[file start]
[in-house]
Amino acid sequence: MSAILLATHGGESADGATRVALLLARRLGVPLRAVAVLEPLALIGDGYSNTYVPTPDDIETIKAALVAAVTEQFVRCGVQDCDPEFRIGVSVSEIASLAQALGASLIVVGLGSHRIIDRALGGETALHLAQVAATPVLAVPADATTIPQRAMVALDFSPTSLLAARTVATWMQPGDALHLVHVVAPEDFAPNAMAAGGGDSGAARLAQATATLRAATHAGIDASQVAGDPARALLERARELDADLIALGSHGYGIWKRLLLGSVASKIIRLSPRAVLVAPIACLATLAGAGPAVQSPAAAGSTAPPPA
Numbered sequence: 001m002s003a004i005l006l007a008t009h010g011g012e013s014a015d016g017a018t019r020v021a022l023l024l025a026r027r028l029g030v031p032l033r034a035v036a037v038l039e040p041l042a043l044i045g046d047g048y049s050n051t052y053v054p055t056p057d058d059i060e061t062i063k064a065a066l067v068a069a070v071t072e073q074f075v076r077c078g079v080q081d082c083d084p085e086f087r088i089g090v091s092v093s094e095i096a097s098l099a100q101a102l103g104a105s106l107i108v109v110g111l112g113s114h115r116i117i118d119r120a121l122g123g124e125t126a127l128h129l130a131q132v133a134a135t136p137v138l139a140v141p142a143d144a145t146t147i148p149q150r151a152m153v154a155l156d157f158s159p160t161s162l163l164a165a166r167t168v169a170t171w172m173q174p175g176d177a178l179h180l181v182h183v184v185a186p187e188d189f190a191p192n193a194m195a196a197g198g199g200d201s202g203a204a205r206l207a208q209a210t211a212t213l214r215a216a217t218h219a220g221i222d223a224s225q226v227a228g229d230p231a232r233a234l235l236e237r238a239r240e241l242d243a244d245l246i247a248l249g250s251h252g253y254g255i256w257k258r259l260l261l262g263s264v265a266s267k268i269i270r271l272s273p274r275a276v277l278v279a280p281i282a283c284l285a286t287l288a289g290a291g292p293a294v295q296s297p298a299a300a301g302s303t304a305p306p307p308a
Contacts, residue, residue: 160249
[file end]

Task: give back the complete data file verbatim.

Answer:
[in-house]
Amino acid sequence: MSAILLATHGGESADGATRVALLLARRLGVPLRAVAVLEPLALIGDGYSNTYVPTPDDIETIKAALVAAVTEQFVRCGVQDCDPEFRIGVSVSEIASLAQALGASLIVVGLGSHRIIDRALGGETALHLAQVAATPVLAVPADATTIPQRAMVALDFSPTSLLAARTVATWMQPGDALHLVHVVAPEDFAPNAMAAGGGDSGAARLAQATATLRAATHAGIDASQVAGDPARALLERARELDADLIALGSHGYGIWKRLLLGSVASKIIRLSPRAVLVAPIACLATLAGAGPAVQSPAAAGSTAPPPA
Numbered sequence: 001m002s003a004i005l006l007a008t009h010g011g012e013s014a015d016g017a018t019r020v021a022l023l024l025a026r027r028l029g030v031p032l033r034a035v036a037v038l039e040p041l042a043l044i045g046d047g048y049s050n051t052y053v054p055t056p057d058d059i060e061t062i063k064a065a066l067v068a069a070v071t072e073q074f075v076r077c078g079v080q081d082c083d084p085e086f087r088i089g090v091s092v093s094e095i096a097s098l099a100q101a102l103g104a105s106l107i108v109v110g111l112g113s114h115r116i117i118d119r120a121l122g123g124e125t126a127l128h129l130a131q132v133a134a135t136p137v138l139a140v141p142a143d144a145t146t147i148p149q150r151a152m153v154a155l156d157f158s159p160t161s162l163l164a165a166r167t168v169a170t171w172m173q174p175g176d177a178l179h180l181v182h183v184v185a186p187e188d189f190a191p192n193a194m195a196a197g198g199g200d201s202g203a204a205r206l207a208q209a210t211a212t213l214r215a216a217t218h219a220g221i222d223a224s225q226v227a228g229d230p231a232r233a234l235l236e237r238a239r240e241l242d243a244d245l246i247a248l249g250s251h252g253y254g255i256w257k258r259l260l261l262g263s264v265a266s267k268i269i270r271l272s273p274r275a276v277l278v279a280p281i282a283c284l285a286t287l288a289g290a291g292p293a294v295q296s297p298a299a300a301g302s303t304a305p306p307p308a
Contacts, residue, residue: 160249